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My Sister’s Keeper

Earlier this month I was in San Francisco helping my mom move. My sister was at the house, smoking up a storm and leaving her cigarette butts everywhere. At night she’d have loud, animated conversations with herself and left the house for hours at a time, but no one ever knew where she went. A police officer once told my mother she was a regular in the Tenderloin district, a high crime area in San Francisco and frequented by the city’s homeless population.  One morning she returned with a pair of new baby shoes and clothes that she must’ve bought, or more likely stole, from a shop in the Mission. She handed them to me and told me to give them to our daughters. I thanked her and promised I would even though our girls are 15 years old. It never gets easier seeing her like this, but sometimes I just go with it because there’s not much else I can do.

One morning I went into the room she was staying to close the door. She was snoring softly and I watched her sleep from the doorway. I was tempted to lay next to her just like when we were younger, when we were 6 and 9 and built forts out of blankets and slept under them together. Or like the countless times in our teens and early twenties when we would fall asleep next to one another talking about nothing and everything  the night before. I wanted to pretend for just five minutes that everything was okay, that she wasn’t sick, but instead I softly closed the door and let her sleep.

I’m a strong woman. And I can get over, and through, a lot of things. But not my sister. No matter what I do, I can’t seem to get over her. I don’t know that I can. Believe me, I’ve tried. I moved 1700 miles away. I started over. I talk to her. I bargain with her. I plead with her to try. And every time she doesn’t, I hurt with her. I hurt for her. Because until the end of my days, wherever she is, and however well she is or isn’t doing, my sister will continue to mean the world to me. My love and loyalty are hers, always and unconditionally.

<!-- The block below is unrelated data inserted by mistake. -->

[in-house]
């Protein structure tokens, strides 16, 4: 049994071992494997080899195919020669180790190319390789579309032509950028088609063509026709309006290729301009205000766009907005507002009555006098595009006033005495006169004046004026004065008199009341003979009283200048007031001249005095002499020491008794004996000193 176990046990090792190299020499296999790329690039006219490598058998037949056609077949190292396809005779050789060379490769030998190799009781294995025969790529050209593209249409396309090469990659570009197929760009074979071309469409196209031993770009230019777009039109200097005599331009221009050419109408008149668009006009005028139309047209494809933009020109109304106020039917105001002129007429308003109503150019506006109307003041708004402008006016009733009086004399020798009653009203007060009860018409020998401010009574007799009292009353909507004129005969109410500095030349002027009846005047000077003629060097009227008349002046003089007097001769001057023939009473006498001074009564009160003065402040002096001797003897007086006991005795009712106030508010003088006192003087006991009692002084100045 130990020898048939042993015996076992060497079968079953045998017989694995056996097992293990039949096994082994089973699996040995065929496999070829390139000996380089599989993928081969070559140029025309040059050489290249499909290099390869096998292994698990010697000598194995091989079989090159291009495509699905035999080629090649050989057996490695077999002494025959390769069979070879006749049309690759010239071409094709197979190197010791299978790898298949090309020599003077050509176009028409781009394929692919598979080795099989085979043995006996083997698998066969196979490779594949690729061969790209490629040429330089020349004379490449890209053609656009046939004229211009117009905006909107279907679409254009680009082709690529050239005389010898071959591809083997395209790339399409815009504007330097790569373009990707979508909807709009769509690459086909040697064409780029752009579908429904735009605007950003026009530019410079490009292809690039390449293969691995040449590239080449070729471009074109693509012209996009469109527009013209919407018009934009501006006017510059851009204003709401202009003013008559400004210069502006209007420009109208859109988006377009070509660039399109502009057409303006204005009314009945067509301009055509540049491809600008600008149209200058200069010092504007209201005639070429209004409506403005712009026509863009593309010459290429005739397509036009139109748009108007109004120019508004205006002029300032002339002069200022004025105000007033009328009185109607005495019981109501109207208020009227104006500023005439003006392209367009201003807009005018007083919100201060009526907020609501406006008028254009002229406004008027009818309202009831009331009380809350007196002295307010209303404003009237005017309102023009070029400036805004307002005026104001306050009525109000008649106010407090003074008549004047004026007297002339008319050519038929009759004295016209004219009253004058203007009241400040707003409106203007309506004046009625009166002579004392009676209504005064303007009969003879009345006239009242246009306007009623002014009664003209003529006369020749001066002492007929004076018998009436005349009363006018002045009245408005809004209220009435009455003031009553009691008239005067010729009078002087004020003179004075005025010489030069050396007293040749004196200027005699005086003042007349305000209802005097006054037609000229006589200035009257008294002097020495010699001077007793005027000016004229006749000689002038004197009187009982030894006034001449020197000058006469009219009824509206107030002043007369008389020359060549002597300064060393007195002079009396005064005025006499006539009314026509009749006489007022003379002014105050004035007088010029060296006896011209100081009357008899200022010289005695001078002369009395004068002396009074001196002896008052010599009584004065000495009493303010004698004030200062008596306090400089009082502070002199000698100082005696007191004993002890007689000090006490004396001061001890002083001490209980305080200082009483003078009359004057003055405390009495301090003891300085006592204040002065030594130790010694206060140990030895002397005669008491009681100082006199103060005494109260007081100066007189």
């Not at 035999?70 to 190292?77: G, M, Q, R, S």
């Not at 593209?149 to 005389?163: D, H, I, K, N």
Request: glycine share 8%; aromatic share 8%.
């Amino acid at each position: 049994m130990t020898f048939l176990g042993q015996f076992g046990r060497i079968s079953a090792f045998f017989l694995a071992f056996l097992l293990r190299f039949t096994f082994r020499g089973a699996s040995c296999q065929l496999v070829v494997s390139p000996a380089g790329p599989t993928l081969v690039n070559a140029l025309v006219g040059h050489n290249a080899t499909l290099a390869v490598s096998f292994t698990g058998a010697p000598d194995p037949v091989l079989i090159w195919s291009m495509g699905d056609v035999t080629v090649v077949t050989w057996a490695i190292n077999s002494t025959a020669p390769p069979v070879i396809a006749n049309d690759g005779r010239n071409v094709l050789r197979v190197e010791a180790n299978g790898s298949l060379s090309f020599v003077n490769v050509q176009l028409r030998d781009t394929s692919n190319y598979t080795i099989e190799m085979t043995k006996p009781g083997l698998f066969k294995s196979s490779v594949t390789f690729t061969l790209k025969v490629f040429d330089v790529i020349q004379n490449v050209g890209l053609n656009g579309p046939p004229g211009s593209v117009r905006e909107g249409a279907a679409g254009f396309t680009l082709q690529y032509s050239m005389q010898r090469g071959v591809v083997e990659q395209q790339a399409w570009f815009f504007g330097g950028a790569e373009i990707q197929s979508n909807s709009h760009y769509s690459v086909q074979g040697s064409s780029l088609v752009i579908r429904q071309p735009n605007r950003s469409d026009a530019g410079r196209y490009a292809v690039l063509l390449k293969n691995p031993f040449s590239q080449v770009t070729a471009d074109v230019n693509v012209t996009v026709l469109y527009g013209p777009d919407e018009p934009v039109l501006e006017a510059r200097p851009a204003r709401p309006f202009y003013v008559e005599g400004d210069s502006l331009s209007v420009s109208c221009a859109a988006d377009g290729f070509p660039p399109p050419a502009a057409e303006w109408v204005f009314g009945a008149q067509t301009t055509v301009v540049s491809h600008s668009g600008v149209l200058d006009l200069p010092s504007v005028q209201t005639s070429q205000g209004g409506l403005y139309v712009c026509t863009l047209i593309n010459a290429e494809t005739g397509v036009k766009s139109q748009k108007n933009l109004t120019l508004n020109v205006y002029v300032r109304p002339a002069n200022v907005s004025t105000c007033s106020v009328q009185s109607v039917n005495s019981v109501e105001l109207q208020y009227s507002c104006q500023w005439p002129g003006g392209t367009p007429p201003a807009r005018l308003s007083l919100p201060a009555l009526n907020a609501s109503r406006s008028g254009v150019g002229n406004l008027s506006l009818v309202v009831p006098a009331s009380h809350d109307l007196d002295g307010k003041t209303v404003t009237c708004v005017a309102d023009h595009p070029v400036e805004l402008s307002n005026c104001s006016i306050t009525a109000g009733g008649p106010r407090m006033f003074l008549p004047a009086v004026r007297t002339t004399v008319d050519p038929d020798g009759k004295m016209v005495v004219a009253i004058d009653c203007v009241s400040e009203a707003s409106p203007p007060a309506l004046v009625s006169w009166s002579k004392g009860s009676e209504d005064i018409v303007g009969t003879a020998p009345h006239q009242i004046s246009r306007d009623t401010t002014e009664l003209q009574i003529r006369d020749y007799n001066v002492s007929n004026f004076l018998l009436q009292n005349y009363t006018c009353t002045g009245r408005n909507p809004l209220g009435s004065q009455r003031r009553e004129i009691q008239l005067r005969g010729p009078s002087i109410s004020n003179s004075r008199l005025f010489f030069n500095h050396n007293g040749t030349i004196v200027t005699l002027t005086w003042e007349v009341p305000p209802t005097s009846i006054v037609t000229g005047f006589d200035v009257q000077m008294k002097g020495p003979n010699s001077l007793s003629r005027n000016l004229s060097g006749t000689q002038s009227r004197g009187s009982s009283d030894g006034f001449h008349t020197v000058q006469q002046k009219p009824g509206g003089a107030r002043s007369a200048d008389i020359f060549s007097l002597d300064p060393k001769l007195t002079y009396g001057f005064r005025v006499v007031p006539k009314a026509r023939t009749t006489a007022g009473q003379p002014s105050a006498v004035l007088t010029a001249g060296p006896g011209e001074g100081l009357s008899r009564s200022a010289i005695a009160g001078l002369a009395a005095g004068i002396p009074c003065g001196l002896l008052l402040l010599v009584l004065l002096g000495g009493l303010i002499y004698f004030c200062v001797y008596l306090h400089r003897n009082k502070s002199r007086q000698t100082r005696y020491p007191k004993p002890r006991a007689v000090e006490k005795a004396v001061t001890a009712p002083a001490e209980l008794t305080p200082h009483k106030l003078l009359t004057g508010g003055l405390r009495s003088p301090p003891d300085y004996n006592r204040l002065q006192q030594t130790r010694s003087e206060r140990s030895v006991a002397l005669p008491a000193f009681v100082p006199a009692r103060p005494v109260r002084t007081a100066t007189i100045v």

And that doesn’t mean I condone how she chooses to live, it only means that I love her despite it, despite what she does and has put our family through, and despite her mental illness. It means the ties that bind family are real and for as long as I am strong enough to, I will forgive her, for who she is and isn’t, and what she’s allowed herself to become. And that even now, after everything she’s done, even in my moments of frustration when I don’t think she deserves it, I still love my sister with everything I’ve got. I don’t doubt for one second that had the roles been reversed she wouldn’t have done and felt the same for me. I know she would. It’s what the best of sisters do.

My sister’s battle with mental illness has been a vicissitude of emotional, physical and financial highs and lows, and she hasn’t ridden the waves alone. My family has spent the better part of the last 14 years never knowing what to expect from her, never knowing if she’s safe, if we’re safe, if the most recent episode will be the last, or if it’s possible for them to just keep getting worse.

A minuscule glimpse of the lows of my sister’s mental illness includes: the time she took her three year old daughter from foster care placement and led the police on a televised five hour police chase along the west coast; the several times she was detained at a random airport thousands of miles from California because she was removing her clothes in one of their terminals; the half dozen times she sat cross legged at a busy crosswalk trying to direct traffic; or even the time she was found at 5am wearing shorts in 45 degree weather and digging in the neighborhood dumpsters. That’s just a minuscule glimpse. I’m saving you from the worst stories because those stories hurt too much to tell.

My sister’s episodes come in waves that last anywhere from weeks to months. Similar to many others whose lives are affected with mental illness, she doesn’t take her medication. In her case, she chooses not to. She’s in and out of mental health facilities and only takes her medication for as long as the involuntary psychiatric hold lasts.